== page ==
Natural cycles being what they are, there’s bound to be another mini-Ice Age (of the Maunder Minimum-type) eventually, and quite possibly soon. The implications for climate science, climate politics, and much beyond, are huge. Clean data on systemic effects are not accessible within history. That means all vulgar attempts to read out the effects of anthropic interventions from the historical record are doomed to fail, until perfect understanding of confounding rhythms are fully understood — basically, indefinitely. (Throw in chaos theory and other sources of epistemological pessimism here.) No one seriously thinks that a globally-coordinated ‘precautionary’ policy stance viz anthropogenic warming is constructible during a mini-Ice Age (do they?).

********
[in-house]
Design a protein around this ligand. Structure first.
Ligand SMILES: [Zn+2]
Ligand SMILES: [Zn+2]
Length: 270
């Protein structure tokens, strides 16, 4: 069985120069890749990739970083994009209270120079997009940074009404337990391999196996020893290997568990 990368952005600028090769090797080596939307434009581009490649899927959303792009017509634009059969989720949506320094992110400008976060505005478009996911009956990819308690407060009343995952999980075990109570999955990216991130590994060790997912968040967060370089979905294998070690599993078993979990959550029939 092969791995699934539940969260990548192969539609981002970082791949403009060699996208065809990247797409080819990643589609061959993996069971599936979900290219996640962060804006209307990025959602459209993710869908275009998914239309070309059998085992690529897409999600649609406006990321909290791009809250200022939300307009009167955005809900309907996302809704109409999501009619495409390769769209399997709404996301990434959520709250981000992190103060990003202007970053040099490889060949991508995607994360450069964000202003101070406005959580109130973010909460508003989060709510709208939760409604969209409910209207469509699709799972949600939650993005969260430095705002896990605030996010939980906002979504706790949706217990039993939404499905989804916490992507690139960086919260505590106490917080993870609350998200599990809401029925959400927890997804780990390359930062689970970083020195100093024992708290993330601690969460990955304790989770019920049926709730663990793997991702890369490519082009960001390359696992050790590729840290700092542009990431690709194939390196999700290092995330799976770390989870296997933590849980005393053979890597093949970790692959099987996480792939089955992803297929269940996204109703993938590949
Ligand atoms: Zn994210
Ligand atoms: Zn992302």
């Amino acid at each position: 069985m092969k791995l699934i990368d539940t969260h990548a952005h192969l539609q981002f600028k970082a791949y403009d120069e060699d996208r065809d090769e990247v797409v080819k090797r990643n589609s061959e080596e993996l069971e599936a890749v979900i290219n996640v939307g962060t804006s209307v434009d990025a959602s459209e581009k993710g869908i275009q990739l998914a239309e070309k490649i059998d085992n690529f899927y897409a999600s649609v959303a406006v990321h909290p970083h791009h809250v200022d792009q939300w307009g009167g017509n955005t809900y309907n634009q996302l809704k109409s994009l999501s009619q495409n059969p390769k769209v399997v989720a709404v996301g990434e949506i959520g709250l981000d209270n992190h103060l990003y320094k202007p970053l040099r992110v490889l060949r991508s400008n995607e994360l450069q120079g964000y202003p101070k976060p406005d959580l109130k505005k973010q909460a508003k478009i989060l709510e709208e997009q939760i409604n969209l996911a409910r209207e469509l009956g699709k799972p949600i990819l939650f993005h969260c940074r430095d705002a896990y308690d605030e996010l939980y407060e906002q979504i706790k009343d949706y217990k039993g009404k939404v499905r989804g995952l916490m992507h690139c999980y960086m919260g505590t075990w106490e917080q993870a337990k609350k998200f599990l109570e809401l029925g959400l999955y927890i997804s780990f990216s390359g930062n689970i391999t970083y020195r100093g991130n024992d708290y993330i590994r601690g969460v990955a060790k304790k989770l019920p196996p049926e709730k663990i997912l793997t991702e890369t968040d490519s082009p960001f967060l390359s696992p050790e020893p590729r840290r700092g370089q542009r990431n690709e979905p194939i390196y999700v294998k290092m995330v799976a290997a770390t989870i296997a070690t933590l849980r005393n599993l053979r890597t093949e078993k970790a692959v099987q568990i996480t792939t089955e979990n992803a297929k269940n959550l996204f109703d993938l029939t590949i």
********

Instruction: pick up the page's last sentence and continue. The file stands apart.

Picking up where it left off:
The consequence: Climate politics could — in reality — be a fairly remote science fiction scenario. By the time its opportunity comes around, far more will have been decided than is being allowed for.
Global warming is settled science, so I'm supposed to ignore this, right? But is there a good reason why? http://t.co/SCbhqYwE7M
— Charles Murray (@charlesmurray) July 13, 2015